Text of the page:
However, the fact that men drop out of school earlier and women are more successful in this area is not reflected in the employment rate of recent graduates, which is higher for men. In addition, the proportion of men of working age in employment exceeds that of working women by 11.6%.
Employment is one of the areas that is most linked to gender roles, family responsibilities and traditions. And it is reflected in the wage gap: in 2015, according to the same study, women earned 16.3% less per hour than men. The same difference as 5 years ago.
Progress has a cost in what Mar calls the “third generation of rights”, which would include this difference in wages that continues to be significant in most countries. According to the expert from EUROsociAL+, despite the progress in the recognition of political rights, there is still work to be done regarding social, cultural and economic rights; through which that “real equality” would be achieved.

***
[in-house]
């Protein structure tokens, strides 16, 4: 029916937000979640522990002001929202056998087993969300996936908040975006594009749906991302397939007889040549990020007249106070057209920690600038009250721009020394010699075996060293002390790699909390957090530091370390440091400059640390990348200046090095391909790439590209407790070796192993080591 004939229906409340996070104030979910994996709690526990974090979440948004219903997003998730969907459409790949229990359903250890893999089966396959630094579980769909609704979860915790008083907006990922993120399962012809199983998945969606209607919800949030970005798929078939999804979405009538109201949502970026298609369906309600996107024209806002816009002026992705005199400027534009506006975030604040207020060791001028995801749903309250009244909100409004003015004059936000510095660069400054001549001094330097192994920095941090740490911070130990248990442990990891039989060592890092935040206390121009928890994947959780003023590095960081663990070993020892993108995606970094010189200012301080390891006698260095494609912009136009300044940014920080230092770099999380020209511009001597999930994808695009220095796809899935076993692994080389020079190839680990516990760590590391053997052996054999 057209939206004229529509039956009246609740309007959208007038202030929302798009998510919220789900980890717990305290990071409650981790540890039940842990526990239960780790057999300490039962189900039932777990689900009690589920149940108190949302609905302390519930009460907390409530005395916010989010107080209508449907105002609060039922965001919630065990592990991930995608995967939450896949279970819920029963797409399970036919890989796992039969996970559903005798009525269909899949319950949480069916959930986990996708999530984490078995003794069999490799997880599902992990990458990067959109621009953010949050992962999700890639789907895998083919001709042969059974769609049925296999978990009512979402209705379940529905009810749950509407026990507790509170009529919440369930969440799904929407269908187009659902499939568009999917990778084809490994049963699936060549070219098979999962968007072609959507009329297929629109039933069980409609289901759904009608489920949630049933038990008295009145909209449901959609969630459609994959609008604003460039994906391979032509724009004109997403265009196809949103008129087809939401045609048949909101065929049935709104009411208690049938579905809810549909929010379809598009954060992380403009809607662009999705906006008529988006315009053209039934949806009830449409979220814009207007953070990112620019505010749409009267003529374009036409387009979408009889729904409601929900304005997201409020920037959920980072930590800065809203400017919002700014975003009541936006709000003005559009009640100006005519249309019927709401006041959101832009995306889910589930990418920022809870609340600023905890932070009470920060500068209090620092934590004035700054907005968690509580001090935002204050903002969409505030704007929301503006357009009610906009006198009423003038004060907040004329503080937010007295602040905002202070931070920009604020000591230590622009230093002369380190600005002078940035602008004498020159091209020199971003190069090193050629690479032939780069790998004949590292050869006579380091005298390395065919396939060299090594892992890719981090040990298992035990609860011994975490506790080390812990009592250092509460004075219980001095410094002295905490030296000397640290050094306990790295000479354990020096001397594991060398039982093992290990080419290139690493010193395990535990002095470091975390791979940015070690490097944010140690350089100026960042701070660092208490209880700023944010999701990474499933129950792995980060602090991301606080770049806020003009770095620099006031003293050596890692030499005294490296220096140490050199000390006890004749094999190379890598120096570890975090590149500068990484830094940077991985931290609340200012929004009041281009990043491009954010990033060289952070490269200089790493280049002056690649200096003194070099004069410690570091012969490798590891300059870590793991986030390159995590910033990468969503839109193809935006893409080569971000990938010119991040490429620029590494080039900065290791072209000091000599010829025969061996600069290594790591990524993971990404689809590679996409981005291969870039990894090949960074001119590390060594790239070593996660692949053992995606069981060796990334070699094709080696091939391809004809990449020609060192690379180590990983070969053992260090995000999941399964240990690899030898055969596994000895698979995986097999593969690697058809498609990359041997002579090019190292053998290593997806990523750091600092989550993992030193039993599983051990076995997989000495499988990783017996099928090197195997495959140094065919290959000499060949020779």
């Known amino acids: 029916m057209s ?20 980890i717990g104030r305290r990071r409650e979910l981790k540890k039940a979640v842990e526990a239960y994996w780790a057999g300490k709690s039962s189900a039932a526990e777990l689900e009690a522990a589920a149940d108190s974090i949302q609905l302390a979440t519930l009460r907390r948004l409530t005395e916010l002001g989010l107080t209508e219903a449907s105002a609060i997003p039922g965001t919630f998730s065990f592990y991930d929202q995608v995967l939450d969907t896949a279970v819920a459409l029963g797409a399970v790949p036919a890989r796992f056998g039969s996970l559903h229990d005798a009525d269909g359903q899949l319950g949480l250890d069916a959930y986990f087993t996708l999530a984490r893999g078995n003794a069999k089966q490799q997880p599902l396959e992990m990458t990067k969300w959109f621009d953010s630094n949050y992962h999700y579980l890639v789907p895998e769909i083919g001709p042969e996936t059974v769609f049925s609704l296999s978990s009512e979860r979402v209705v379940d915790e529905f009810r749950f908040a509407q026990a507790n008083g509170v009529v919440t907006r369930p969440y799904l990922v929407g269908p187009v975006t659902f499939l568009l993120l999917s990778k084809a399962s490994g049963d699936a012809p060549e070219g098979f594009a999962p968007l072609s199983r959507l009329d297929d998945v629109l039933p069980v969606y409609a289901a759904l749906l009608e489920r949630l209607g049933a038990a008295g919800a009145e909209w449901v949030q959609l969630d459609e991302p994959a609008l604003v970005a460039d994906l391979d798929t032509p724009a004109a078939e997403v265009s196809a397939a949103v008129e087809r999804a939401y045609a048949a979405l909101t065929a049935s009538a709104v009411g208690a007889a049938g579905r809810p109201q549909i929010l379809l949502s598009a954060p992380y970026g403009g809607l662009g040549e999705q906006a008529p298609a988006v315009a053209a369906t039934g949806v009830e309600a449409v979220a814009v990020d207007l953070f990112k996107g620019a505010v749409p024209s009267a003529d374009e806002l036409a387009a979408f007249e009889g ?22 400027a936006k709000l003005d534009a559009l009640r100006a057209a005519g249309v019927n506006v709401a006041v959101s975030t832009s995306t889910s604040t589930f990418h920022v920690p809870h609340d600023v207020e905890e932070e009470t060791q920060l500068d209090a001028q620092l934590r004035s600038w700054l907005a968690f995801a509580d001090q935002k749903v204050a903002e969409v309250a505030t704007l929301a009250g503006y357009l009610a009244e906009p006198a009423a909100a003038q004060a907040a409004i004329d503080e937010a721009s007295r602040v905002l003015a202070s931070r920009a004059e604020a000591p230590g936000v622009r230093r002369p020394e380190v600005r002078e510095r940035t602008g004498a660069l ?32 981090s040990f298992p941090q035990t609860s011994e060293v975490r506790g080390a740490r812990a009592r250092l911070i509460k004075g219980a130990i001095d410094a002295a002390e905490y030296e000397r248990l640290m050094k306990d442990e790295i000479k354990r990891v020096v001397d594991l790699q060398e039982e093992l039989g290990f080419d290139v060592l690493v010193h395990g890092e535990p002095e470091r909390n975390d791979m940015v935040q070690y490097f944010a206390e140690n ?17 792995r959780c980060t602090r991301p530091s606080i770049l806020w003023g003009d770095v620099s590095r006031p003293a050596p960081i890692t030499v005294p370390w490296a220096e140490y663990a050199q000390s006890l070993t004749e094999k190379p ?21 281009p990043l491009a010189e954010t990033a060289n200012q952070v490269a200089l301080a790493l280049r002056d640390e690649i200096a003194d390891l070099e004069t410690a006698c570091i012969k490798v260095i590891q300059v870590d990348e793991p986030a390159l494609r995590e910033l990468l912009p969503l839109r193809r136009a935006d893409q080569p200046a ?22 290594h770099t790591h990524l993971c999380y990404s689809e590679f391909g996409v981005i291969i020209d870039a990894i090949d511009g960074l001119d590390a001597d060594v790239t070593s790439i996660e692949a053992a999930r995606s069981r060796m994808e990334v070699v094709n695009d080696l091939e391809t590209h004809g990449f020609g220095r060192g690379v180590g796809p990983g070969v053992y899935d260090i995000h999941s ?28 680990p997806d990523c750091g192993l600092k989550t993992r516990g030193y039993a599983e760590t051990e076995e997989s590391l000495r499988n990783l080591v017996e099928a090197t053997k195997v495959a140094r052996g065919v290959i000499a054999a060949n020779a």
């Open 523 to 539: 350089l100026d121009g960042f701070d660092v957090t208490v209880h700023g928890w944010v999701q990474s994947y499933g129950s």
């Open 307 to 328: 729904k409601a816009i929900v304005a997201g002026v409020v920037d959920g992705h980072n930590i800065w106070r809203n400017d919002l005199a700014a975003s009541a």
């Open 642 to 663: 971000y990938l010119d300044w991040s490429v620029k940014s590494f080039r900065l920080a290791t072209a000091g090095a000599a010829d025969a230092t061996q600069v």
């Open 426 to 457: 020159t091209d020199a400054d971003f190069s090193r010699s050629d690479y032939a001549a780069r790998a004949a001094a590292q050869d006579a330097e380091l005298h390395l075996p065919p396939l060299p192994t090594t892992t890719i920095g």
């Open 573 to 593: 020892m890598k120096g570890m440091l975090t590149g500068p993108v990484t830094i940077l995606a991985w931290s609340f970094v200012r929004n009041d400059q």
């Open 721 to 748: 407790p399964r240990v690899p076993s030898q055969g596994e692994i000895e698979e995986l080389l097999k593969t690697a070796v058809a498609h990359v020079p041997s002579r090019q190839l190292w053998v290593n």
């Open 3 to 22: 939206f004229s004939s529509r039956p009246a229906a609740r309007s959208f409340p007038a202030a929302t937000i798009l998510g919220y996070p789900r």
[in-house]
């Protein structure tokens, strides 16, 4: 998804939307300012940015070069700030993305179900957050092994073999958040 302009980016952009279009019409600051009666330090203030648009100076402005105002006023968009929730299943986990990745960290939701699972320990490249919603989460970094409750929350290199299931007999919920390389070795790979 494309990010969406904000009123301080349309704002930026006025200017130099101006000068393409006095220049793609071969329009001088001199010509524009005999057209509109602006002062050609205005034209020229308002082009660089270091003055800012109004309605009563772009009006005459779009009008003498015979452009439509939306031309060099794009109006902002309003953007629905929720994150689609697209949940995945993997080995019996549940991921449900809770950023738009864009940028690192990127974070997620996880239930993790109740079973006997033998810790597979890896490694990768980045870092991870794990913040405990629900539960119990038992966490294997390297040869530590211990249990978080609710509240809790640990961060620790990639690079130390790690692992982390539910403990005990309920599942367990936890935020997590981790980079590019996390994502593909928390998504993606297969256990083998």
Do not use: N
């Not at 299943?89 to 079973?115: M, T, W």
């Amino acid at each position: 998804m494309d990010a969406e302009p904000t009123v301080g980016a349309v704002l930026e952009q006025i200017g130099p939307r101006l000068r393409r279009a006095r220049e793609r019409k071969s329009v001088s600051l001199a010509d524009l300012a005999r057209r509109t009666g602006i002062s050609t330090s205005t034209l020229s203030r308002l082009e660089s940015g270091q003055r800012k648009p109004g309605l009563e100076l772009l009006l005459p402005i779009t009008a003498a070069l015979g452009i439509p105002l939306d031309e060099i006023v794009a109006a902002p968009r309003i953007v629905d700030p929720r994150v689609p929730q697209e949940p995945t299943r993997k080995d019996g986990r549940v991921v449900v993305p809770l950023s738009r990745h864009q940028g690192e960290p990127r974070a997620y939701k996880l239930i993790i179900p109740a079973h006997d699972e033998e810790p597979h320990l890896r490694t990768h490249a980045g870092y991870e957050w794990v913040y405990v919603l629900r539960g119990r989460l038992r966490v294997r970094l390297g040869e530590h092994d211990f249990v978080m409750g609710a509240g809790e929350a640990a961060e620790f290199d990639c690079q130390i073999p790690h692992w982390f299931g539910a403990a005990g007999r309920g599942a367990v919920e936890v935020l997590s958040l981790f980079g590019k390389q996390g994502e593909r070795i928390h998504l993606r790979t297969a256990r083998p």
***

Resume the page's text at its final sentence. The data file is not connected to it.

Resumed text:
The distribution of political positions and positions of responsibility also reflects inequality, since women do not usually have as much representation as men in decision-making processes. While the proportion of seats held by women in national parliaments has increased since 2003, women still held less than one third (28.9%) of these seats in 2017.
Cooperation as a tool
Many of these issues, such as the wage gap and sexual harassment, are the focus of current events. These have included public denunciations, with a strong international impact, which nevertheless need “processes for dealing with these problems”.
Dominique de Suremain, coordinator of the gender equity policy area for the EUROsociAL+ programme, believes she sees “less visible work for change” when these demands materialise and are reflected in the system.